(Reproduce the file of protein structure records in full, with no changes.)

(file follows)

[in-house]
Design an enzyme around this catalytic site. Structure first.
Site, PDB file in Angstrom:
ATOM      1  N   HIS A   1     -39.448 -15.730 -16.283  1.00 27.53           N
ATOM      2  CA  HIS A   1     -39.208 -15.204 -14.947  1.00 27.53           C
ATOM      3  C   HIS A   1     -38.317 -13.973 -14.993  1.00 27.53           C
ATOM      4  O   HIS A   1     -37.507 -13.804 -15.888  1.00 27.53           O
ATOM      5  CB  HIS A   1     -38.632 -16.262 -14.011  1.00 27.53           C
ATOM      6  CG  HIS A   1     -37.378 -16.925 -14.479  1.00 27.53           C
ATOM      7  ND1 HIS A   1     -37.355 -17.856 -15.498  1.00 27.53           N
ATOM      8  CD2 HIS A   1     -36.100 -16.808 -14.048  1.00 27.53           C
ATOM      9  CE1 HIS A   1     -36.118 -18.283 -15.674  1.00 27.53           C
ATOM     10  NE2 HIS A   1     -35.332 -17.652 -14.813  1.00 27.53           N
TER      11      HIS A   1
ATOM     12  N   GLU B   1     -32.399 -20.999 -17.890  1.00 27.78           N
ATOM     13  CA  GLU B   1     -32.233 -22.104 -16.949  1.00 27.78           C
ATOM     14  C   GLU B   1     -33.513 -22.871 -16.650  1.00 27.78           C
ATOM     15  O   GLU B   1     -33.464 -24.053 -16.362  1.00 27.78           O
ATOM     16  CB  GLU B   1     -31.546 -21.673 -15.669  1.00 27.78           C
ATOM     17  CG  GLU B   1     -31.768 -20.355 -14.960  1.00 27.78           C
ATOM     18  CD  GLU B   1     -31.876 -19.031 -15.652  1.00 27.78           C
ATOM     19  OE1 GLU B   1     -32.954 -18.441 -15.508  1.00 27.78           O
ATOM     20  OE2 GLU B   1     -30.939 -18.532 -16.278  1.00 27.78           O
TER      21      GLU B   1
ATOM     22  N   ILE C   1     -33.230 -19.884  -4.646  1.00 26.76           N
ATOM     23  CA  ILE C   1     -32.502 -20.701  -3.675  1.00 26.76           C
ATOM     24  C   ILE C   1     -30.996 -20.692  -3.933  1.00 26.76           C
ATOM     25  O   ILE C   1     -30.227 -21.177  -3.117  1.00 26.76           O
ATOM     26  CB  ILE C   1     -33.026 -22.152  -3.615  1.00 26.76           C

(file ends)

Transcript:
[in-house]
Design an enzyme around this catalytic site. Structure first.
Site, PDB file in Angstrom:
ATOM      1  N   HIS A   1     -39.448 -15.730 -16.283  1.00 27.53           N
ATOM      2  CA  HIS A   1     -39.208 -15.204 -14.947  1.00 27.53           C
ATOM      3  C   HIS A   1     -38.317 -13.973 -14.993  1.00 27.53           C
ATOM      4  O   HIS A   1     -37.507 -13.804 -15.888  1.00 27.53           O
ATOM      5  CB  HIS A   1     -38.632 -16.262 -14.011  1.00 27.53           C
ATOM      6  CG  HIS A   1     -37.378 -16.925 -14.479  1.00 27.53           C
ATOM      7  ND1 HIS A   1     -37.355 -17.856 -15.498  1.00 27.53           N
ATOM      8  CD2 HIS A   1     -36.100 -16.808 -14.048  1.00 27.53           C
ATOM      9  CE1 HIS A   1     -36.118 -18.283 -15.674  1.00 27.53           C
ATOM     10  NE2 HIS A   1     -35.332 -17.652 -14.813  1.00 27.53           N
TER      11      HIS A   1
ATOM     12  N   GLU B   1     -32.399 -20.999 -17.890  1.00 27.78           N
ATOM     13  CA  GLU B   1     -32.233 -22.104 -16.949  1.00 27.78           C
ATOM     14  C   GLU B   1     -33.513 -22.871 -16.650  1.00 27.78           C
ATOM     15  O   GLU B   1     -33.464 -24.053 -16.362  1.00 27.78           O
ATOM     16  CB  GLU B   1     -31.546 -21.673 -15.669  1.00 27.78           C
ATOM     17  CG  GLU B   1     -31.768 -20.355 -14.960  1.00 27.78           C
ATOM     18  CD  GLU B   1     -31.876 -19.031 -15.652  1.00 27.78           C
ATOM     19  OE1 GLU B   1     -32.954 -18.441 -15.508  1.00 27.78           O
ATOM     20  OE2 GLU B   1     -30.939 -18.532 -16.278  1.00 27.78           O
TER      21      GLU B   1
ATOM     22  N   ILE C   1     -33.230 -19.884  -4.646  1.00 26.76           N
ATOM     23  CA  ILE C   1     -32.502 -20.701  -3.675  1.00 26.76           C
ATOM     24  C   ILE C   1     -30.996 -20.692  -3.933  1.00 26.76           C
ATOM     25  O   ILE C   1     -30.227 -21.177  -3.117  1.00 26.76           O
ATOM     26  CB  ILE C   1     -33.026 -22.152  -3.615  1.00 26.76           C